Tuesday, October 20, 2020

Season 24 Week 2: Cut it Up

 Let's head into Week 2 where the theme is Cut It Up!  You simply are NOT going to believe what the designers did with this theme!!

Be sure to check out all the details and use the voting widget at the end to support TWO of your favorite looks.  Ready, set, GO!

Deriving Mommyhood - Cut up the Runway

Phew, I squeaked through for week 2 and I get to share this sweet boy and his epic duds! The theme had me nervous at first as 1) I'm not a quilter and 2) using lots of small pieces is VERY time consuming.....but I found inspiration in quilting as well as fashion from years past and ended up really enjoying this creation!

Let's start with the jeans, as that's where I started since I knew they would take the longest. Back in my youth I had a pair (maybe 2....) of patchwork jeans so I knew I wanted to do some subtle denim patchwork. I started with two pairs of my own out-of-style and ill-fitting jeans and painstakingly cut them into piles of squares, then cut half that pile into triangles, and then pieced them as randomly as I could to create the textile I used to cut out the jeans, topstitching every joint (special thanks to my hammer for getting me through this, couldn't have done it without you). For the jeans, I used the Grady Pants from Sew a Little Seam, adding a ribbed waistband and full cotton jersey lining so they are nice and soft inside, plus rolled hem (that I can let out as he grows). I reused the pockets from the original pair of jeans, adding some freehand decorative stitching and lots and lots of chartreuse topstitching throughout.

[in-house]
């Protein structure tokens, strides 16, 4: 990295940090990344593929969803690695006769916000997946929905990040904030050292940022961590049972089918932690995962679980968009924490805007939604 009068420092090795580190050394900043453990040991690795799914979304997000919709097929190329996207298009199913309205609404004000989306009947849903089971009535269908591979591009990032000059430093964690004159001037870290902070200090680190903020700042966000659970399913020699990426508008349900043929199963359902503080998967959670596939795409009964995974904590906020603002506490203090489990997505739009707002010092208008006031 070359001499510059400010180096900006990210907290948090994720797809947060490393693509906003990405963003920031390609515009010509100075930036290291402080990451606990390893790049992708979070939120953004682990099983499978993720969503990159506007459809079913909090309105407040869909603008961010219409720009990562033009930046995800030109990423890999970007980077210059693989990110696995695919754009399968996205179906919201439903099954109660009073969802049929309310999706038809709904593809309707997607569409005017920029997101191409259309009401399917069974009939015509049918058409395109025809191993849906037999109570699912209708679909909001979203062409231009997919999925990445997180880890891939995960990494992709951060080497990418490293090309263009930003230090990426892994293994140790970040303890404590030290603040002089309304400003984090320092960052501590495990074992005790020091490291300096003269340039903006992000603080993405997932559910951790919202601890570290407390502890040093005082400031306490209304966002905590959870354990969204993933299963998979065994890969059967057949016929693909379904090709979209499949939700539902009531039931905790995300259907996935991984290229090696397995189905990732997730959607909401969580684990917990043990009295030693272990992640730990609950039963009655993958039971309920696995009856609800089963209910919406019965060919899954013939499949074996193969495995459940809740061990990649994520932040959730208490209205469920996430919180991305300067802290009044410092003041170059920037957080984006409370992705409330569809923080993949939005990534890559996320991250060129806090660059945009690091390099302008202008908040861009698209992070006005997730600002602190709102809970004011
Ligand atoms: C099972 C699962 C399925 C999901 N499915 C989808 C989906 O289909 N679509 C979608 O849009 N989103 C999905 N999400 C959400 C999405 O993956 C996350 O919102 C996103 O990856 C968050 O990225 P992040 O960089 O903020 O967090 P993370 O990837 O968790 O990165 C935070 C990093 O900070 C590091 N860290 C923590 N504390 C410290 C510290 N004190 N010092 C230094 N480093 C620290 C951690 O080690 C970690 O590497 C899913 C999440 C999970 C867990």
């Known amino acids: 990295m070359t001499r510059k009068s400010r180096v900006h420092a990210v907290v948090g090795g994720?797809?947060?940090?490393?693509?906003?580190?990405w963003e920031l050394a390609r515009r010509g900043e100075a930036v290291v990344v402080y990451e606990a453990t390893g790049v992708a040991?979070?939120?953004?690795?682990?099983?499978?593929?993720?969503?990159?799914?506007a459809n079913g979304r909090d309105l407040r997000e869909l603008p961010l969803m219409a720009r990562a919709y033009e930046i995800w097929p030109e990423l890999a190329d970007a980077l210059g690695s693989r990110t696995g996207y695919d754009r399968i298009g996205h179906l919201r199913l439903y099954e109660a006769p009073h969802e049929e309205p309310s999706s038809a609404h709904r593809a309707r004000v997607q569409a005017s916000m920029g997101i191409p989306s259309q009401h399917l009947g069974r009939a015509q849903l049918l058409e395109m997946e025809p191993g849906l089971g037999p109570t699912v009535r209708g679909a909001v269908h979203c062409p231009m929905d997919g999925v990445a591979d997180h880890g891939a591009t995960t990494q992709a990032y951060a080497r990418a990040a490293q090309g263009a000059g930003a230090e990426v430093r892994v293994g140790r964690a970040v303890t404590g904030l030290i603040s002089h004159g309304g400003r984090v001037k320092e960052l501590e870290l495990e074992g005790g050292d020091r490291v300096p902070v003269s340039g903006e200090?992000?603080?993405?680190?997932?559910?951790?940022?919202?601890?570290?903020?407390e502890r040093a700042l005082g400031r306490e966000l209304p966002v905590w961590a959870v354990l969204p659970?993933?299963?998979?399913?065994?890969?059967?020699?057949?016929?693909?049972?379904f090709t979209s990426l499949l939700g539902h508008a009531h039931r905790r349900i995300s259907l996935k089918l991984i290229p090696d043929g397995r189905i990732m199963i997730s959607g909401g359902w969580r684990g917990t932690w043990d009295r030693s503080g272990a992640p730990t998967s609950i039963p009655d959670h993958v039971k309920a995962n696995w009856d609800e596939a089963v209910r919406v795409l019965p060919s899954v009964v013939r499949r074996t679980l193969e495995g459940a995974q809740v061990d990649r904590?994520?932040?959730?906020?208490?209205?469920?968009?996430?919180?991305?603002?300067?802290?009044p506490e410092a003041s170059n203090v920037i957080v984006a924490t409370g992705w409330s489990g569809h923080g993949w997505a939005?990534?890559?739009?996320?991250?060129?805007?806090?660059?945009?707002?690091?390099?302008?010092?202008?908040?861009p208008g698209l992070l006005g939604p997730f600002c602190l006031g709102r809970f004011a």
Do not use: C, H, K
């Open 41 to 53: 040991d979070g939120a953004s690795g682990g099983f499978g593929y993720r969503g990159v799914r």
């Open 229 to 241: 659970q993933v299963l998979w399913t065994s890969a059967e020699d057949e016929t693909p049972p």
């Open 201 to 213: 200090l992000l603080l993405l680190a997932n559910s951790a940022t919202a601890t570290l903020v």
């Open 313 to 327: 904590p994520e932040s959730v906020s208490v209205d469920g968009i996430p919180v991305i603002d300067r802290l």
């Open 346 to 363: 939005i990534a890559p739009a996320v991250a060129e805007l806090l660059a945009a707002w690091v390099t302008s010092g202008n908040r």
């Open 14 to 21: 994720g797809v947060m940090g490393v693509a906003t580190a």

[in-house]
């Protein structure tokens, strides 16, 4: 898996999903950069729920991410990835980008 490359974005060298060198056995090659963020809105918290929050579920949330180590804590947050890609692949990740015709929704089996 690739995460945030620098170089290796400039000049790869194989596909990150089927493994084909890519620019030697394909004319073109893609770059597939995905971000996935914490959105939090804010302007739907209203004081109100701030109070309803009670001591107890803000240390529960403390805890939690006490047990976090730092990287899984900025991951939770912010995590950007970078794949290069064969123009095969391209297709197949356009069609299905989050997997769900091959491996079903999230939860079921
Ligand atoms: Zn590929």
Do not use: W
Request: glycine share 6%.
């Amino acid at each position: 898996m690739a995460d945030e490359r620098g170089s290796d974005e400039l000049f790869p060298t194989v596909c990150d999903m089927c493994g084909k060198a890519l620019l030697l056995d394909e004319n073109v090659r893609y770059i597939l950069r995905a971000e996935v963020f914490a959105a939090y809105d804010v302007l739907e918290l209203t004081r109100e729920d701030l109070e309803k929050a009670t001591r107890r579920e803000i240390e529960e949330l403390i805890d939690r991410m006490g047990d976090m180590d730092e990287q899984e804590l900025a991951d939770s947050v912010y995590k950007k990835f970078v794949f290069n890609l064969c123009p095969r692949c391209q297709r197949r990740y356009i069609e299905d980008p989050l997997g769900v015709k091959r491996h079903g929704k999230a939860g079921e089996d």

Next up, his top. He drew me a picture of a top he wanted to sew himself and I used it as inspiration for a rainbow inspired shirt. I started with the Dia sweater and added lots of colorblocking to the center front, plus a contrast piece down the center of each sleeve as he saw my sketch and said "more color, less gray". I used contrast stitching throughout, and added a bias strip to enclose the back neckline for a more finished look (fabric on the bias is the same as pockets on jeans and lining on the bum bag.

Speaking of, let's talk about that bag. He often is sad he doesn't have a way to carry his wallet that never seems to fit in his pocket when we go to town, so a shoulder sling bag seemed a perfect fix, using the Dayna Pack pattern from Linds Handmade. He was excited to carry a snack, hand sanitizer, wallet, and whatever other small treasures he found. I pieced selvages together to create the textile for this, loving that it makes a subtle print using something oft overlooked. I cut the pattern pieces on an angle and fused to fleece for some structure, backed the bag in stretch leatherette, and added piping to create some contrast between the panels. I also took apart a zipper to make the perfect one since I wanted navy for the tape and teeth but a bronze decorative pull so combined a couple to make it happen.

Last, it's cold here in Ireland so he needed a little functional warmth. I made him a self-drafted convertible scarf out of jersey lined with star french terry, piecing the jersey into sawtooth star quilt blocks. I added pockets at the bottom of the scarf so he can slip his hands in for warmth (can we all agree mittens and gloves are just always going to be lost in this age group?) and added invisible zips so they can remain functional pockets when he snaps it into an infinity scarf. He definitely felt like a cool dude as we went through town for pics! Check out my blog for lots more details :)